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MOHS Surgery Melanoma

Melanoma is a type of skin cancer that develops in the melanocytes, the cells that produce the pigment melanin. Although melanoma is not the most common form of skin cancer, it can be one of the most harmful. That’s why it’s essential to be aware of the warning signs of melanoma. Early diagnosis can greatly increase the opportunities for successful treatment.

Know Your ABCDEs

One of the best ways to detect melanoma early is to know the ABCDEs of melanoma. When looking at a skin spot or mole, look for the following:

  • A: Asymmetry, where one half of the spot doesn’t match the other;
  • B: Border irregularity, where the edges of the spot are uneven;
  • C: Color variation, where the spot has varying shades of color from one area to another
  • D: Diameter, where the spot is larger than 6mm in diameter (about the size of a pencil eraser);
  • E: Evolving, where the spot looks different from the rest or changes in size, shape, or color.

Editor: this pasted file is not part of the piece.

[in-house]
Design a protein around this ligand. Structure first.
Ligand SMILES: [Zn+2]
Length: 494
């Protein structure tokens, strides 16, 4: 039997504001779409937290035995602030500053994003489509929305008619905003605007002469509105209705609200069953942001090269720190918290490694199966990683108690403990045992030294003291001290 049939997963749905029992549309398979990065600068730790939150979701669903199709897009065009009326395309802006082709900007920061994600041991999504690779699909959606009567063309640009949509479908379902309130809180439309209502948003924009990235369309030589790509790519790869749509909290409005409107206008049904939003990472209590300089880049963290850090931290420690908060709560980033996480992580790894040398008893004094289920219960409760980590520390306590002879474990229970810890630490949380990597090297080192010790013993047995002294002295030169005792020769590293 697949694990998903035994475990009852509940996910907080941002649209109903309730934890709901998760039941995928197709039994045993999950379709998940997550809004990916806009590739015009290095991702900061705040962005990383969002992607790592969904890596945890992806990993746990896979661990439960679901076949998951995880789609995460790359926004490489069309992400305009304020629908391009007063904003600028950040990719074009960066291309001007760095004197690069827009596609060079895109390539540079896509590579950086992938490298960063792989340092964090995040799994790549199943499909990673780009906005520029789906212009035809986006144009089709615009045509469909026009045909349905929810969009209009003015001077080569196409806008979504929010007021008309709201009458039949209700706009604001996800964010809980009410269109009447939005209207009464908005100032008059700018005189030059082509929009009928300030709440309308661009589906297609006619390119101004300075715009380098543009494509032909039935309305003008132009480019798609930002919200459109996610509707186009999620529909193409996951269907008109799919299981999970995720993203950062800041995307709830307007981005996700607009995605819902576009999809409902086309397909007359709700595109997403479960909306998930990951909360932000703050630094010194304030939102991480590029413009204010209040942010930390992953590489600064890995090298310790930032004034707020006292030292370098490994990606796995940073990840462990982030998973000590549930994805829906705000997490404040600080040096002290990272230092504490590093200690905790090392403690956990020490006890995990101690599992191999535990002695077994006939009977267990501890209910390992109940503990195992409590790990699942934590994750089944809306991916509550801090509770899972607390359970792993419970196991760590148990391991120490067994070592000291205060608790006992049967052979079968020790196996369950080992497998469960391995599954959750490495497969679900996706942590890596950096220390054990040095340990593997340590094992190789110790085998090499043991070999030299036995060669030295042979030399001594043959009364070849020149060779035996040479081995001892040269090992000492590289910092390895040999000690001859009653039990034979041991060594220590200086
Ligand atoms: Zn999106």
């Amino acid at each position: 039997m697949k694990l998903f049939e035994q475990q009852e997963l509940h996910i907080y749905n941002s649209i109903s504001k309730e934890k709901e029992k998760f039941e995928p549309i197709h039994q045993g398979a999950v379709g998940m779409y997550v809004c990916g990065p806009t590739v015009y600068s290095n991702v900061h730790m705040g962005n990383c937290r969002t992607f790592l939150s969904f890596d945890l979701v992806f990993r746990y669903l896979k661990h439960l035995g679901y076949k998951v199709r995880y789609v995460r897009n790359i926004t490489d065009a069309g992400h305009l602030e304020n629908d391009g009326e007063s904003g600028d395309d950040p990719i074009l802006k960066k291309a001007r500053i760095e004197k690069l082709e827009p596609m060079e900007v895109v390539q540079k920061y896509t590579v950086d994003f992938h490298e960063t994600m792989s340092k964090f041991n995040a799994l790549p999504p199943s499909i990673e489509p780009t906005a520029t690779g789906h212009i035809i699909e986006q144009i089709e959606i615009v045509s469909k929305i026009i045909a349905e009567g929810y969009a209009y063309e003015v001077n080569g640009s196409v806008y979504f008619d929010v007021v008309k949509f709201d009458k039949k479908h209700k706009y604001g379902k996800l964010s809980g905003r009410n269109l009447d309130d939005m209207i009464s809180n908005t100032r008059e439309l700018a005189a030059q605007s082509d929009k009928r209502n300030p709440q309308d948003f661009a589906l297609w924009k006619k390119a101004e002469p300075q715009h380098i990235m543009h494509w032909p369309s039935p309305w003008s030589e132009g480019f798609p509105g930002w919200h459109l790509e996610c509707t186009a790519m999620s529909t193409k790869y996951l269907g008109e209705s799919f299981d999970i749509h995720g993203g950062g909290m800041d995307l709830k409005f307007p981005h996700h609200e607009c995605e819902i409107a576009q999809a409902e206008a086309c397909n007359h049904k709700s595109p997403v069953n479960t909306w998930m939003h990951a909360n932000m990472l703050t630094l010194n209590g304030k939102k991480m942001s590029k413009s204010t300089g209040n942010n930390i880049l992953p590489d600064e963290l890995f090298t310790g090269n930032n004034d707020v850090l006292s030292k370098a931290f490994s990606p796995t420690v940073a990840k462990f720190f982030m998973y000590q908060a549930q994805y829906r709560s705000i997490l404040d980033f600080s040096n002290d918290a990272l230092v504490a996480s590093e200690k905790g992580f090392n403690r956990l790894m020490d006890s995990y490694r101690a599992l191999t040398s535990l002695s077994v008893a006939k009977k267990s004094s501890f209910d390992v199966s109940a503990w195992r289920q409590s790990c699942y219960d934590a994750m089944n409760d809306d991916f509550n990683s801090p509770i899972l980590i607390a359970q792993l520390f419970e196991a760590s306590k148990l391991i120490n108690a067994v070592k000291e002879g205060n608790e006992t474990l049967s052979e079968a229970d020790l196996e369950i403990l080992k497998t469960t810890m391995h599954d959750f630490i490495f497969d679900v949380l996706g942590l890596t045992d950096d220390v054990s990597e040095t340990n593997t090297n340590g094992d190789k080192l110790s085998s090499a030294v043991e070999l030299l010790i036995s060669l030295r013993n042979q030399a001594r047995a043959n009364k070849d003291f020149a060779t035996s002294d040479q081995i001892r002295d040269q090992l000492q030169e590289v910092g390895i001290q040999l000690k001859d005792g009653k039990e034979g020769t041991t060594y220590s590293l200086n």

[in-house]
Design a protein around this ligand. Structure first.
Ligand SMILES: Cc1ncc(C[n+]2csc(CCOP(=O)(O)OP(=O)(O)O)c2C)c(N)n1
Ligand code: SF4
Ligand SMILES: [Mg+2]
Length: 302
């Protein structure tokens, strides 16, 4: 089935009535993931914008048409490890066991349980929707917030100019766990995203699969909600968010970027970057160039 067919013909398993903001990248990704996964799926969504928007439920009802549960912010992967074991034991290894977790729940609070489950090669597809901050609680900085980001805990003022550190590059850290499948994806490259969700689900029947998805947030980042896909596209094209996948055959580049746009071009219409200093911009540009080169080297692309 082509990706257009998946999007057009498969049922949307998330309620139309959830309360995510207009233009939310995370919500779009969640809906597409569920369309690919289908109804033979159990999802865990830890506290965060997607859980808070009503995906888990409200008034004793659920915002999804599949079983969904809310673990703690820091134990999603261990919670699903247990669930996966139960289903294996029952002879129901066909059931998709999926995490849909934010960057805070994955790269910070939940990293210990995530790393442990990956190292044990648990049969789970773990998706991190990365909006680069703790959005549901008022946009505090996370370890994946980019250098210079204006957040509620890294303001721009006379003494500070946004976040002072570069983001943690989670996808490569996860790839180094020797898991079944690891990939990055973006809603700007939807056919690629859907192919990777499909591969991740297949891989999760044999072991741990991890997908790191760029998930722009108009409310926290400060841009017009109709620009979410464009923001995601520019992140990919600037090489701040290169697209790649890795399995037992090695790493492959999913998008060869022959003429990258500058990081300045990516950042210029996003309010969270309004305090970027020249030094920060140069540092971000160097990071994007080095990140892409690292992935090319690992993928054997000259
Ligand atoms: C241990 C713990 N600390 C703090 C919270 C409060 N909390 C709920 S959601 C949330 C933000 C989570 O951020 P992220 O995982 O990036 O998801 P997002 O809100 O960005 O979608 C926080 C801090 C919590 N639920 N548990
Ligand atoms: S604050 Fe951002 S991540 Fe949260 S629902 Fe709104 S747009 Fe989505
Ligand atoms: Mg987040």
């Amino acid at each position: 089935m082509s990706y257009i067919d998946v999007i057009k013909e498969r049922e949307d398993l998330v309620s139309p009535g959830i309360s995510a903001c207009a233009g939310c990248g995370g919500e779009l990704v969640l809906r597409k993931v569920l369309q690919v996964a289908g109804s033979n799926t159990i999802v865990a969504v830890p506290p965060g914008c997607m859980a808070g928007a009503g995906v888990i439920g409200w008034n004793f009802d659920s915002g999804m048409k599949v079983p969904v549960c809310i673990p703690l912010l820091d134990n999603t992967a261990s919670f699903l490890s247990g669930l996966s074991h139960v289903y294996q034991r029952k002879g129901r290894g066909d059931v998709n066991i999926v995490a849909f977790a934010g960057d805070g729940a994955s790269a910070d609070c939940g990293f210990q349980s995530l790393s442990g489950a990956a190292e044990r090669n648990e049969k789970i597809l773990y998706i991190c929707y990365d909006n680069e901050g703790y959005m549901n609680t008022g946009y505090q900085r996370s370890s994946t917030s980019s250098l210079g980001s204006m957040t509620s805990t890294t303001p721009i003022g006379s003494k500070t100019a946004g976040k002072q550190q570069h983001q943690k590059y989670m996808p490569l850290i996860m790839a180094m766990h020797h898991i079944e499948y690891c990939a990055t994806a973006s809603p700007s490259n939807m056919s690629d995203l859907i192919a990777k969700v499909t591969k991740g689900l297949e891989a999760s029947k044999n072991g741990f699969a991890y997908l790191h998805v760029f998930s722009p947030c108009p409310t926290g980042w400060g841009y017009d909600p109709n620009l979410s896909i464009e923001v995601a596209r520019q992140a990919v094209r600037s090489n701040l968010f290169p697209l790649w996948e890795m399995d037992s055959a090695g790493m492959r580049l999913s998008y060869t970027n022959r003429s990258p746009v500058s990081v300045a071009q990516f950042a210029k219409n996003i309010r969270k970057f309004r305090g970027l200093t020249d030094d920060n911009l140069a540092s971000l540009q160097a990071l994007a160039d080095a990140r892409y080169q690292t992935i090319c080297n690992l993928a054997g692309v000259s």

If you notice any of these signs, it’s important to see a dermatologist for an evaluation.

Other warning signs

In addition to the ABCDEs, there are other warning signs of melanoma. These include:

  • A new spot on the skin or a spot that looks different from other spots on your skin;
  • A sore that doesn’t heal;
  • A mole or spot that becomes itchy or painful;
  • A mole or spot that bleeds or oozes;
  • A mole or spot that looks scaly or crusty.


While it’s not always possible to prevent melanoma, there are steps you can take to reduce your risk. These include:

  • Avoiding tanning beds and excessive sun exposure, especially between 10 am and 5 pm;
  • Wearing protective clothing outdoors, such as a wide-brimmed hat and long-sleeved shirt and pants;
  • Applying a broad-spectrum sunscreen to all exposed skin, and reapplying every two hours;
  • Checking your skin regularly for any changes or new spots;
  • Seeing a dermatologist annually for a skin exam.

Melanoma can be treatable if spotted early. If you have any concerns about your skin, don’t hesitate to see a MOHS surgery Parker specialist. Remember, you are the best advocate for your health.

For more information, visit the American Academy of Dermatology and the Skin Cancer Foundation.

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